How Starbucks' Packaging Keeps Its Coffee Beans Fresh For So Long

If you're a coffee aficionado, you know that keeping your coffee beans fresh is an essential part of brewing a delicious cup. And considering that a bag of ethical coffee typically costs between $15 to $25, you'll want to get the most bang for your buck by keeping your beans fresh for as long as possible. Once the beans start to go stale, your coffee will most likely start tasting bitter and sour, which isn't ideal. This happens because the solubles in coffee beans start oxidizing as soon as they're exposed to air, causing their smell to change along with their taste.

Back in the day, this was quite a problem. In 1700s France, coffee was packaged in bags made from greased leather or treated with beeswax to create a seal — and while this may have worked well enough at the time, we're not sure those materials yielded the best-tasting beans. At the end of the 18th century, jute bags made from burlap took over. Although these are still used today for mass quantities of beans, most individuals aren't buying enough beans that they want to take home a big burlap sack full of them.

Luckily, Starbucks found a way to package coffee that allows average consumers to take home smaller amounts of beans and keep them fresh for a good long time.

Starbucks uses FlavorLock technology

In 1989, Starbucks found a way to package its coffee beans in small quantities while maintaining a fresh flavor for up to 34 weeks. The chain began implementing FlavorLock technology on its bags, which it had already been using since the early 1980s for its wholesale customers. Not only was this beneficial for consumers, but it also meant that Starbucks could ship its roasted coffee beans from its roasting plants to stores all around the world.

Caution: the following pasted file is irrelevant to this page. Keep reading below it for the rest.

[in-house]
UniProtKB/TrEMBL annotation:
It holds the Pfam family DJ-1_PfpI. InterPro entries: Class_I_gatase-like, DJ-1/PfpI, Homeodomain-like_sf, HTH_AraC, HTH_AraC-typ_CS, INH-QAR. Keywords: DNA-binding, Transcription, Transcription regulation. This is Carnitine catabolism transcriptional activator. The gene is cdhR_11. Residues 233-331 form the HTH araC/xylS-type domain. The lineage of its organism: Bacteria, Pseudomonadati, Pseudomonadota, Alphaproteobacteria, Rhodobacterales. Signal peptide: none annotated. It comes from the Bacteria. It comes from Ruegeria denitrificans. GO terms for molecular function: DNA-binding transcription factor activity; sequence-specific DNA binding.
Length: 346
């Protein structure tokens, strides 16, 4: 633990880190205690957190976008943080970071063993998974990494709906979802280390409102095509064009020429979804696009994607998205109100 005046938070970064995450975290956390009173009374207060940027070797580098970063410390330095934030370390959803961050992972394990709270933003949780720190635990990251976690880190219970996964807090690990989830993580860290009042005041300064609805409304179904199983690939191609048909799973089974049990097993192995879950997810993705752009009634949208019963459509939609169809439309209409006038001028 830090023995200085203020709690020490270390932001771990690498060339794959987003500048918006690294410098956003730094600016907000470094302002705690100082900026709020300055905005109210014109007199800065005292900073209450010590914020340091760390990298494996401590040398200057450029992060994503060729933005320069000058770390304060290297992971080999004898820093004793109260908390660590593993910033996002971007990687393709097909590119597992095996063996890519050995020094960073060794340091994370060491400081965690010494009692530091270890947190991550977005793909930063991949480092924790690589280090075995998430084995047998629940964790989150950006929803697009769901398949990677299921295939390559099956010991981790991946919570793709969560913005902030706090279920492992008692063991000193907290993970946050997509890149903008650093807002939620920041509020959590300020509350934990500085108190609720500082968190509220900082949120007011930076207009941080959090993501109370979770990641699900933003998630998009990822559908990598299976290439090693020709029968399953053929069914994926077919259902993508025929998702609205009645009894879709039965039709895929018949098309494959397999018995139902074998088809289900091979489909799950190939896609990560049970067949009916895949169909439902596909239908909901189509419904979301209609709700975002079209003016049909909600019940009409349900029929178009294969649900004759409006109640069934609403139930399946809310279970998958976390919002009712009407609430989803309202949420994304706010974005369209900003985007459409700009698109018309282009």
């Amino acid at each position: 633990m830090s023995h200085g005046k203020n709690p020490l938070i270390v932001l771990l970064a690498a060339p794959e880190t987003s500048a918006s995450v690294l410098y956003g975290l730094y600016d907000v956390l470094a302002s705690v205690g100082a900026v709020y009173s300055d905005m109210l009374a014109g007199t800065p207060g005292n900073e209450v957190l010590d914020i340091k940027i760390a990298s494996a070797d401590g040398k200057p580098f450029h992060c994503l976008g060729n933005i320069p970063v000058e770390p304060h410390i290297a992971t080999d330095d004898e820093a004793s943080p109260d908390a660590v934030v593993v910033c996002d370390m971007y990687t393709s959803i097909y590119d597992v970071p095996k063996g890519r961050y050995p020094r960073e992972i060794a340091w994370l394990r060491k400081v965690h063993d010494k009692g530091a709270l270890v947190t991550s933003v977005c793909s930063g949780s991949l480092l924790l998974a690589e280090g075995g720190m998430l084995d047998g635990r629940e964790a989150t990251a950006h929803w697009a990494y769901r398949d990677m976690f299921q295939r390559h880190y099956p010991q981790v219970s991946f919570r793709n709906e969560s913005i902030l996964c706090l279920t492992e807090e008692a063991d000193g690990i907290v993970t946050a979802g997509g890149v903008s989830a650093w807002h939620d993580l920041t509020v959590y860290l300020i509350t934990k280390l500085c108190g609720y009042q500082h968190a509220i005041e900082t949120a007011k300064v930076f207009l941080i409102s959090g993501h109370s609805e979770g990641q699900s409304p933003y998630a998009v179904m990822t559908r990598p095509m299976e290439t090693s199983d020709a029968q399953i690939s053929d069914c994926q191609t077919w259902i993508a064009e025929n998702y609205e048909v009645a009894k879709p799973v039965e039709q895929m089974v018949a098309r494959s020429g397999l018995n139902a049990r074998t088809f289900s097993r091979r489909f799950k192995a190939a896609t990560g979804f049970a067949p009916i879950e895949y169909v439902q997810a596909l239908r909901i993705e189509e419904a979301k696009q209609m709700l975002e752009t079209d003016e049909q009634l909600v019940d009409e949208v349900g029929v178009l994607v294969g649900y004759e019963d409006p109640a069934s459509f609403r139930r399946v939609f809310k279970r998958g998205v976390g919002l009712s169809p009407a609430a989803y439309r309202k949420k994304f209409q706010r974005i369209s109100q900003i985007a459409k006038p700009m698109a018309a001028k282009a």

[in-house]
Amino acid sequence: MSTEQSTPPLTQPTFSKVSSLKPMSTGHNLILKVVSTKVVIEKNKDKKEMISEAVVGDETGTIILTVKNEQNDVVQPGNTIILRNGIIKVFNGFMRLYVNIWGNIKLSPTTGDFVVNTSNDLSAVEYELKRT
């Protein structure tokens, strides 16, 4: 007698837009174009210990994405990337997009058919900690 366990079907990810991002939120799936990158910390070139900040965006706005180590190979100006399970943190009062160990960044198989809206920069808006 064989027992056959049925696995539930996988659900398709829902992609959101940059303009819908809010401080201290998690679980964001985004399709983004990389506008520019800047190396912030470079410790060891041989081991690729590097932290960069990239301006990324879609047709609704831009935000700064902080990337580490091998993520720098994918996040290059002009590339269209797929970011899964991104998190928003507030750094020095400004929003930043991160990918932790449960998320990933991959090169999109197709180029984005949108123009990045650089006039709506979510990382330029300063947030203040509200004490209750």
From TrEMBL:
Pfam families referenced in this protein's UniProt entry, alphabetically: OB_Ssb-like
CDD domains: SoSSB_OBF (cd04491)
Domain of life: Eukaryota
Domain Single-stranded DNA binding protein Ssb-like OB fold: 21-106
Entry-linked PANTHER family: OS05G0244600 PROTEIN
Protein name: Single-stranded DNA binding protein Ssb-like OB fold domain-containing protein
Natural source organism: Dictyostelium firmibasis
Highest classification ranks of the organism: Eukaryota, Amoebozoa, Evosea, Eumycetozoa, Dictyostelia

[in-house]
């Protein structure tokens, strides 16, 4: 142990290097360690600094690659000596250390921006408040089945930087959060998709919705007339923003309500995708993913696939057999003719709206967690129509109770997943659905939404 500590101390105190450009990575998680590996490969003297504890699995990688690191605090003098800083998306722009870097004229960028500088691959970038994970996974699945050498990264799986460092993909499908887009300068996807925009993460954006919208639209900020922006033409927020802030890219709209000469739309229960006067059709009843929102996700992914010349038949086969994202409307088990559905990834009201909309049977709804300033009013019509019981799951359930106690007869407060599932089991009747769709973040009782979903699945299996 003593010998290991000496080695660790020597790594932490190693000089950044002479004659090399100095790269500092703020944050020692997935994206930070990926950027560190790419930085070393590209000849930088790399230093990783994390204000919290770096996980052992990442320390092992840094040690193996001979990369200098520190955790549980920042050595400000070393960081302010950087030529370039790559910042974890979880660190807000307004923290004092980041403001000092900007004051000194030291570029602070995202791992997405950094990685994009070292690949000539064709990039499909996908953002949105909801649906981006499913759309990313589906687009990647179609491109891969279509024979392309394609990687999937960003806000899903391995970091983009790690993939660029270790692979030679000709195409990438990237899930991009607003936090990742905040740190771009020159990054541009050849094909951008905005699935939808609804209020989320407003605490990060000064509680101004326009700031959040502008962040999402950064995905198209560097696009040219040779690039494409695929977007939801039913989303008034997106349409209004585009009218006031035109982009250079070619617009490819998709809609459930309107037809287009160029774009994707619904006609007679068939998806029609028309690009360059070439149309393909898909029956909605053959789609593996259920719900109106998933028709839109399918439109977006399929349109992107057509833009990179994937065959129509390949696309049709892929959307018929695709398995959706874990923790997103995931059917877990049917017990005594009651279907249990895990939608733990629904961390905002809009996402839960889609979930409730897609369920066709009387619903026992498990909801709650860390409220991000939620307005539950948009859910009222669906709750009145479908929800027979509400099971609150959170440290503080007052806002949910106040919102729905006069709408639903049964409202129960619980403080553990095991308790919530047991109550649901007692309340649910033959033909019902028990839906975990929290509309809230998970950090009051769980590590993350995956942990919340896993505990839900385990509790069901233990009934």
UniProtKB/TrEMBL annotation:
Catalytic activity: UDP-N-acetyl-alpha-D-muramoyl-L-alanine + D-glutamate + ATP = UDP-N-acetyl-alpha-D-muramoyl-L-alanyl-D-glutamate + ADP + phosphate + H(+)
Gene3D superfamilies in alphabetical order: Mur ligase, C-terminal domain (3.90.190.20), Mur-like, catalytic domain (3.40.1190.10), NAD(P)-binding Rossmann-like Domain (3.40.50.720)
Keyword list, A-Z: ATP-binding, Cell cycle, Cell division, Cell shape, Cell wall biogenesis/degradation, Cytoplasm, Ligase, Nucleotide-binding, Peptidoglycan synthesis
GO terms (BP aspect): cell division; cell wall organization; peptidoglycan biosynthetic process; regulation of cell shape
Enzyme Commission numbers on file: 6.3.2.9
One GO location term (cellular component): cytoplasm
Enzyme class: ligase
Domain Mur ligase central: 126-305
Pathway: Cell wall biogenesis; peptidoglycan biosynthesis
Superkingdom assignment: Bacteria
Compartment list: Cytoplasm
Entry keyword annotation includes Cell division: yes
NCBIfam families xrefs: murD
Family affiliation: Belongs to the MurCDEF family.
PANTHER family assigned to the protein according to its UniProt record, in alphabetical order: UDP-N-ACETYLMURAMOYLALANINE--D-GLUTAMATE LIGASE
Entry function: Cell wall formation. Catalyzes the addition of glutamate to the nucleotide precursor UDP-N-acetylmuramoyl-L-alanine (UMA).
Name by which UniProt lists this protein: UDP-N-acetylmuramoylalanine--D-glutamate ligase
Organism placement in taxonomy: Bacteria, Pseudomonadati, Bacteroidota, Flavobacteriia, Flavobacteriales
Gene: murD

So how exactly do FlavorLock bags keep coffee beans fresh? They include a one-way valve that keeps oxygen out but allows carbon dioxide to escape. This is a crucial consideration, since after coffee beans are roasted, they can produce a lot of carbon dioxide while browning — leading to pressure building up in a container. Coffee bags need a way to degas, although the Starbucks FlavorLock bags weren't the first to do it; back in the 1960s, the one-way degassing valve was invented by an Italian company called Goglio.

Nevertheless, Starbucks adopted the technology and began sealing its beans in FlavorLock bags within two hours of roasting, minimizing oxygen exposure. In 2007, former Starbucks CEO Howard Schultz was skeptical of the transition, stating in an email that he felt the bags led to a "loss of [coffee] aroma" in stores. However, customers can still buy Starbucks coffee bean bags sealed with FlavorLock technology today.